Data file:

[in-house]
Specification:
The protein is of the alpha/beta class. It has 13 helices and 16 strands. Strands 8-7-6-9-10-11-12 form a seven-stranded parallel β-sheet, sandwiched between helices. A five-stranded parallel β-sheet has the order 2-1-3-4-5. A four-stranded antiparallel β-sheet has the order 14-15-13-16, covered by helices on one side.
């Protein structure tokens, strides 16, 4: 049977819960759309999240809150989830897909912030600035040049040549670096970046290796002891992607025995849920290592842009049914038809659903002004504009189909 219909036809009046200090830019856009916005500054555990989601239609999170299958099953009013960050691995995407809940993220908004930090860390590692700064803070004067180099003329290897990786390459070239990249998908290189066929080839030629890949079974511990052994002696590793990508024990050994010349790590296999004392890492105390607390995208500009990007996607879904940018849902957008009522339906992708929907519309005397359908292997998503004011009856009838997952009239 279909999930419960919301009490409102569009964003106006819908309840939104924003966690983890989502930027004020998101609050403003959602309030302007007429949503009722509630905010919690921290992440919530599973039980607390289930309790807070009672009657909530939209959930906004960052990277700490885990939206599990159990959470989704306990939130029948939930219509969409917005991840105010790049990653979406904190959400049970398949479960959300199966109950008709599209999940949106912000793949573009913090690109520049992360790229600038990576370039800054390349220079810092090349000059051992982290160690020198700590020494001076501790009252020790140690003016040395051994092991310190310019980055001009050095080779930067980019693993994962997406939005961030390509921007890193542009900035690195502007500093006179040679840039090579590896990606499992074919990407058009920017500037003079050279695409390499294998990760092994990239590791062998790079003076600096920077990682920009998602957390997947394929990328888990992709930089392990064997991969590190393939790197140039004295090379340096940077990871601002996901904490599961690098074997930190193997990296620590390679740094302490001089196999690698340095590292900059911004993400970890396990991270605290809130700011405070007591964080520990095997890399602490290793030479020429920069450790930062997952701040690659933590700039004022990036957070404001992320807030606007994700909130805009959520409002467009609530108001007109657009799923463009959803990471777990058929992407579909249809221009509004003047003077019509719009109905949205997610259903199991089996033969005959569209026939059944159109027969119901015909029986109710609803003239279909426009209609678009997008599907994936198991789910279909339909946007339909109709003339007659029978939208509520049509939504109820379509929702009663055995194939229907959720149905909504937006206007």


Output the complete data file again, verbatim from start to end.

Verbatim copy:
[in-house]
Specification:
The protein is of the alpha/beta class. It has 13 helices and 16 strands. Strands 8-7-6-9-10-11-12 form a seven-stranded parallel β-sheet, sandwiched between helices. A five-stranded parallel β-sheet has the order 2-1-3-4-5. A four-stranded antiparallel β-sheet has the order 14-15-13-16, covered by helices on one side.
């Protein structure tokens, strides 16, 4: 049977819960759309999240809150989830897909912030600035040049040549670096970046290796002891992607025995849920290592842009049914038809659903002004504009189909 219909036809009046200090830019856009916005500054555990989601239609999170299958099953009013960050691995995407809940993220908004930090860390590692700064803070004067180099003329290897990786390459070239990249998908290189066929080839030629890949079974511990052994002696590793990508024990050994010349790590296999004392890492105390607390995208500009990007996607879904940018849902957008009522339906992708929907519309005397359908292997998503004011009856009838997952009239 279909999930419960919301009490409102569009964003106006819908309840939104924003966690983890989502930027004020998101609050403003959602309030302007007429949503009722509630905010919690921290992440919530599973039980607390289930309790807070009672009657909530939209959930906004960052990277700490885990939206599990159990959470989704306990939130029948939930219509969409917005991840105010790049990653979406904190959400049970398949479960959300199966109950008709599209999940949106912000793949573009913090690109520049992360790229600038990576370039800054390349220079810092090349000059051992982290160690020198700590020494001076501790009252020790140690003016040395051994092991310190310019980055001009050095080779930067980019693993994962997406939005961030390509921007890193542009900035690195502007500093006179040679840039090579590896990606499992074919990407058009920017500037003079050279695409390499294998990760092994990239590791062998790079003076600096920077990682920009998602957390997947394929990328888990992709930089392990064997991969590190393939790197140039004295090379340096940077990871601002996901904490599961690098074997930190193997990296620590390679740094302490001089196999690698340095590292900059911004993400970890396990991270605290809130700011405070007591964080520990095997890399602490290793030479020429920069450790930062997952701040690659933590700039004022990036957070404001992320807030606007994700909130805009959520409002467009609530108001007109657009799923463009959803990471777990058929992407579909249809221009509004003047003077019509719009109905949205997610259903199991089996033969005959569209026939059944159109027969119901015909029986109710609803003239279909426009209609678009997008599907994936198991789910279909339909946007339909109709003339007659029978939208509520049509939504109820379509929702009663055995194939229907959720149905909504937006206007």